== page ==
MAY 19, 2020 —The Office of the Vice President for Research, Economic Development, and Knowledge Enterprise and Academic Affairs have awarded the FY 2021 Transdisciplinary Teams research awards. Two teams, representing four colleges and five departments collectively, were selected and will be awarded $50,000 each.
UTSA launched the Transdisciplinary Teams Program last year in response to the growing complexity of research and faculty needs. T2 supports faculty to engage in scholarly research activities that foster transdisciplinary collaboration by assembling teams of researchers from different disciplines. The program also establishes a foundation for faculty to seek extramural funding, ultimately advancing UTSA’s research strengths and growing new areas of opportunity.
With San Antonio forecast to have significant population growth by 2040, this year’s research concentration was smart and connected cities, with a call for proposals that intersected technology and policy in topic areas that merge social mobility, affordable housing, water, utility and waste management, population health and community wellness, digital connectivity, transportation, e-governance and sustainability.
Earlier this year UTSA became a key collaborative partner in the R&D League, a new research and development program with the City of San Antonio, the Southwest Research Institute and USAA to address local civic challenges to enhance our neighborhoods and communities.
“The idea of ‘smart cities’ is not new, but it’s gathering momentum, particularly with the advent of COVID-19,” explained Bernard Arulanandam, vice president for research, economic development, and knowledge enterprise at UTSA. “The need for interconnected civic infrastructure with thoughtful engagement is critical to the well-being of the community.”
The first team—led by principal investigator Wenbo Wu (management science and statistics) in collaboration with Ying Huang (demography), Thankam Sunil (public health) and Eric Shattuck (public health)—is working on “Integration of Mobile Positioning, Sociodemographic factors, and Household Health for Urban Scale Energy Consumption Simulation and Planning,” integrating expertise from statistics, engineering, public health, and demography.
The team is developing a novel approach to understand how diverse occupant behaviors impact energy consumption, including tracking time use, mobility and health status—elements often overlooked in previous energy-use models.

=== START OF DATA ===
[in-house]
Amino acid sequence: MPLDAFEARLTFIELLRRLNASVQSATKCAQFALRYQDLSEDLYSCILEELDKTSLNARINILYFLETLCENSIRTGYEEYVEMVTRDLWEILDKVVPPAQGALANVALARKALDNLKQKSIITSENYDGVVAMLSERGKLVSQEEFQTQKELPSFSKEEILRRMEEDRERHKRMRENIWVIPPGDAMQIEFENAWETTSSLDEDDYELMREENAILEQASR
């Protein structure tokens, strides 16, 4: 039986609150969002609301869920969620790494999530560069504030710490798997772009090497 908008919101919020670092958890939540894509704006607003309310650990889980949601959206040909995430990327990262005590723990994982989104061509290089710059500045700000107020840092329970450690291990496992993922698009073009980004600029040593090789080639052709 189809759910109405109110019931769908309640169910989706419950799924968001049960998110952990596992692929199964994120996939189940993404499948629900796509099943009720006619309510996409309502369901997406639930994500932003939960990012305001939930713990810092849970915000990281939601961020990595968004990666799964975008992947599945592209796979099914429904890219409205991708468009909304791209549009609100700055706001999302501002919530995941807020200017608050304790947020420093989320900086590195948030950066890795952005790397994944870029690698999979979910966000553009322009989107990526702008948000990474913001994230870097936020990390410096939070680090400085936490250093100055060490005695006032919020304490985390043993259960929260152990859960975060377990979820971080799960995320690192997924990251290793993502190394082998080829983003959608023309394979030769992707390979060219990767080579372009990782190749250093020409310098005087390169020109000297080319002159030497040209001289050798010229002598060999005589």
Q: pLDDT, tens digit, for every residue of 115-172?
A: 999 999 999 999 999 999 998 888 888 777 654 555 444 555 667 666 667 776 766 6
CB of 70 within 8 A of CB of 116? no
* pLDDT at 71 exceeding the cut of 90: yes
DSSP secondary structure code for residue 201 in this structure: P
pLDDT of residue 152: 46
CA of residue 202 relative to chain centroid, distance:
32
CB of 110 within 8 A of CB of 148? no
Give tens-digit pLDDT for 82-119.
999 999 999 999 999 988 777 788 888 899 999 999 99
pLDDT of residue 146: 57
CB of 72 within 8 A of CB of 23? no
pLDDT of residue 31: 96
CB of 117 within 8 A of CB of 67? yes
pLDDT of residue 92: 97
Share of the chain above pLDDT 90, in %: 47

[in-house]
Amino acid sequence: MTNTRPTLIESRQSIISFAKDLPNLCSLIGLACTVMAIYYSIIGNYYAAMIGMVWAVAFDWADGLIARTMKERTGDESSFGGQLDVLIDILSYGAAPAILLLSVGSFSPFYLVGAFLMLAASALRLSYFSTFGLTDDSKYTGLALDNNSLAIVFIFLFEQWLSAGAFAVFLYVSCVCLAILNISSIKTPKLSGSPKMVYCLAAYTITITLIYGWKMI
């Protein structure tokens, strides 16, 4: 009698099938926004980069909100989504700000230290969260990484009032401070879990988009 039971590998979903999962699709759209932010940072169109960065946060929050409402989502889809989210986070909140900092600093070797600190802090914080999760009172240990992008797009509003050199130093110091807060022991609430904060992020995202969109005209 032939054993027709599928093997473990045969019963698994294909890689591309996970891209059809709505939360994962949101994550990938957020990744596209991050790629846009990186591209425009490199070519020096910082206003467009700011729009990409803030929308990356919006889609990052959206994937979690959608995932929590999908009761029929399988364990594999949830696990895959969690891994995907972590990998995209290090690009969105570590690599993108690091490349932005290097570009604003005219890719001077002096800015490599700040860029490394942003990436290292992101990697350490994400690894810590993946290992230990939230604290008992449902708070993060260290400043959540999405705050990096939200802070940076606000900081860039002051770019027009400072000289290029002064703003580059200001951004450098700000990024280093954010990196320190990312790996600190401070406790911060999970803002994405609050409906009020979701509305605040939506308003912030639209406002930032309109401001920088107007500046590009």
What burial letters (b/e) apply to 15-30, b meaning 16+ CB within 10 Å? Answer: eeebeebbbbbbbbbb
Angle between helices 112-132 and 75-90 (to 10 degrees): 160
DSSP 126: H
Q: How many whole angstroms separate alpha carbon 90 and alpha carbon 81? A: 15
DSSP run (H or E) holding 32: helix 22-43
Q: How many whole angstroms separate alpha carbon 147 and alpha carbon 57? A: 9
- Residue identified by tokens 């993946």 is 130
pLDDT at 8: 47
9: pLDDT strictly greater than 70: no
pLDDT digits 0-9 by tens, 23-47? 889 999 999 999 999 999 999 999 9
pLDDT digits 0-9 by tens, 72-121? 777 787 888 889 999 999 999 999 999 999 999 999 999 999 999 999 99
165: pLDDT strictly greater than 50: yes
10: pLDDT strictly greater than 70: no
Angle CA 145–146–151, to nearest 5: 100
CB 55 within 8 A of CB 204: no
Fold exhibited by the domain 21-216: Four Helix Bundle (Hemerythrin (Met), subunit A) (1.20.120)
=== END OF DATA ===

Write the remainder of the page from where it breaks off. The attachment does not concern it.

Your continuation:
Over 400 households in the San Antonio neighborhoods of Elm Creek and Jefferson Heights will be surveyed. The communities were chosen for their socioeconomic diversity. Data will be aggregated and combined with mobility data derived from cell phone GPS log files to understand how neighborhood population densities vary over time. The team will then be able to model neighborhood-level occupant behavior to better predict energy use and refine sustainable smart community/city models.
The second project is led by Dakai Zhu (computer science) working with Jeff Prevost (electrical and computer engineering), Keying Ye (management science), Amanda Fernandez (computer science) and Wei Wang (computer science).
The project, “Toward Statistical and Adaptive Learning in Edges for Smart Health Applications in Connected Communities with Security and Privacy Enforcement,” is focused on designing and developing a micro-service-based intelligent Edge computing framework.
The team will use digitized sensing data from IoT-enabled devices (such as smart thermometers and motion sensors) and smart applications (such as assisted living and pandemic flu status) from a large number of mixed-communities to better serve their health needs. The team is also considering the added requirements of ensuring the security and privacy of the data and the devices while providing operational flexibility and usage efficiency.